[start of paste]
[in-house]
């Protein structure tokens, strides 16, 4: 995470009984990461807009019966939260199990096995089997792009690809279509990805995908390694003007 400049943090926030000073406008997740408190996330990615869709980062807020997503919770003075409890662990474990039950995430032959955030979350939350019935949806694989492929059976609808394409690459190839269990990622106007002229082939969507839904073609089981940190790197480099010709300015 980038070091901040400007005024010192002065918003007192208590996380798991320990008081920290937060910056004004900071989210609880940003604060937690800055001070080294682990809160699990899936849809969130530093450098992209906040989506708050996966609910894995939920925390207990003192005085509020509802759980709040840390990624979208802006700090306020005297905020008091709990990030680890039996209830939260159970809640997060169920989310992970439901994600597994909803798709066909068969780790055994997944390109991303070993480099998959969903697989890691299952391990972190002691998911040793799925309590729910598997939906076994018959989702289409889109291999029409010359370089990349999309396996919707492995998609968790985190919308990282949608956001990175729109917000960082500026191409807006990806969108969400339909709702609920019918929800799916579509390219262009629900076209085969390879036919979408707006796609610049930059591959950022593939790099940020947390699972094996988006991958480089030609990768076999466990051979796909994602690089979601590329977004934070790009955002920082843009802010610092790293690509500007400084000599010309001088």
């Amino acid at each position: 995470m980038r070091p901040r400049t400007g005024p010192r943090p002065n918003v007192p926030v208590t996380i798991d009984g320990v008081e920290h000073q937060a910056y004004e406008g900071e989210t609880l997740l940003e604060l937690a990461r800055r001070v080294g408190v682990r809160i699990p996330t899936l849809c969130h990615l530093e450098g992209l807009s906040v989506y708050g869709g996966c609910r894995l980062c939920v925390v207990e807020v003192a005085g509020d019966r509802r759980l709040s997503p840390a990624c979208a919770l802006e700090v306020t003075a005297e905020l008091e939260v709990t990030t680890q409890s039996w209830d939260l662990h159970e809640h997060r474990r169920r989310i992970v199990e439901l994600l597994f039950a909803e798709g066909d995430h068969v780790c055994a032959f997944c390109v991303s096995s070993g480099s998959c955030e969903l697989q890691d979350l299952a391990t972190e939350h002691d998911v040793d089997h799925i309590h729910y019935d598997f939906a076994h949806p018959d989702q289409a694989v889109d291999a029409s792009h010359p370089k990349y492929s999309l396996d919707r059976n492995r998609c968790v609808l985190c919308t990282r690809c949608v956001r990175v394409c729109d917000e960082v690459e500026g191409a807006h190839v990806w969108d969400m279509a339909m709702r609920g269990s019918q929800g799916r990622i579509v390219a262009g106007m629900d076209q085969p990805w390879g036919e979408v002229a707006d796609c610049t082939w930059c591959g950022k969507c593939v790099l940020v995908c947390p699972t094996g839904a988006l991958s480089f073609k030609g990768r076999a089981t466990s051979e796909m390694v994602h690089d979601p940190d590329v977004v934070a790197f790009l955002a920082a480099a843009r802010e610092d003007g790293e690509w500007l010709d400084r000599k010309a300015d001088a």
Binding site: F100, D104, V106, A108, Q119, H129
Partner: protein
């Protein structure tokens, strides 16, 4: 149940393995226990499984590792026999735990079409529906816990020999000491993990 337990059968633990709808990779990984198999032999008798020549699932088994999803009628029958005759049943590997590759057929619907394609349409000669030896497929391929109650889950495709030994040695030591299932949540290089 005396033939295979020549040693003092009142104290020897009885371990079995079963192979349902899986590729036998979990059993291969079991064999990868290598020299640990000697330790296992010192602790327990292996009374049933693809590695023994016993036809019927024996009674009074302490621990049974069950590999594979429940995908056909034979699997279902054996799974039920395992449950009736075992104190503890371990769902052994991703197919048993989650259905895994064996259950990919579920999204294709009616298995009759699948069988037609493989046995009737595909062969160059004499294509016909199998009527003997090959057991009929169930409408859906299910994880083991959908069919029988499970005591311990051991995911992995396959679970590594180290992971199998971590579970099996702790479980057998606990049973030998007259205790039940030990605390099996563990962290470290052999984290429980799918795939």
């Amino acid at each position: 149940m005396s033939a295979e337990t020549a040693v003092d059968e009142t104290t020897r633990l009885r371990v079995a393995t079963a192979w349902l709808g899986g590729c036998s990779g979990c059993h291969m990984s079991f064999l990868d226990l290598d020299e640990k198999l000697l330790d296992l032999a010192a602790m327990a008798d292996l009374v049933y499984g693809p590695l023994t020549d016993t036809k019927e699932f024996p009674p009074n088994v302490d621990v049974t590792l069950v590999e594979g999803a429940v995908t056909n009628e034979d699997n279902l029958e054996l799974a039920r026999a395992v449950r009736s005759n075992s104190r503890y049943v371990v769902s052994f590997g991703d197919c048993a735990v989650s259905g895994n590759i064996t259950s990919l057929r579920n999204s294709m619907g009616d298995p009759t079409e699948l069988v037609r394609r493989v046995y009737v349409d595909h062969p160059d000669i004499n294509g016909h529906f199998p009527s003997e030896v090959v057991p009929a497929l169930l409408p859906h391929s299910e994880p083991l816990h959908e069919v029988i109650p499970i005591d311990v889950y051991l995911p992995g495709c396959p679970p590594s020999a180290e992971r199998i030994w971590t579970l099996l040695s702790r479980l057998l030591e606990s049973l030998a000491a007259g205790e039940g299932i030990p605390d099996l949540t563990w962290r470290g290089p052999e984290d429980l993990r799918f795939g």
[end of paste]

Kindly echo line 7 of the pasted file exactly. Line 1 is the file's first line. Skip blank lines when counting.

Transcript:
């Amino acid at each position: 149940m005396s033939a295979e337990t020549a040693v003092d059968e009142t104290t020897r633990l009885r371990v079995a393995t079963a192979w349902l709808g899986g590729c036998s990779g979990c059993h291969m990984s079991f064999l990868d226990l290598d020299e640990k198999l000697l330790d296992l032999a010192a602790m327990a008798d292996l009374v049933y499984g693809p590695l023994t020549d016993t036809k019927e699932f024996p009674p009074n088994v302490d621990v049974t590792l069950v590999e594979g999803a429940v995908t056909n009628e034979d699997n279902l029958e054996l799974a039920r026999a395992v449950r009736s005759n075992s104190r503890y049943v371990v769902s052994f590997g991703d197919c048993a735990v989650s259905g895994n590759i064996t259950s990919l057929r579920n999204s294709m619907g009616d298995p009759t079409e699948l069988v037609r394609r493989v046995y009737v349409d595909h062969p160059d000669i004499n294509g016909h529906f199998p009527s003997e030896v090959v057991p009929a497929l169930l409408p859906h391929s299910e994880p083991l816990h959908e069919v029988i109650p499970i005591d311990v889950y051991l995911p992995g495709c396959p679970p590594s020999a180290e992971r199998i030994w971590t579970l099996l040695s702790r479980l057998l030591e606990s049973l030998a000491a007259g205790e039940g299932i030990p605390d099996l949540t563990w962290r470290g290089p052999e984290d429980l993990r799918f795939g």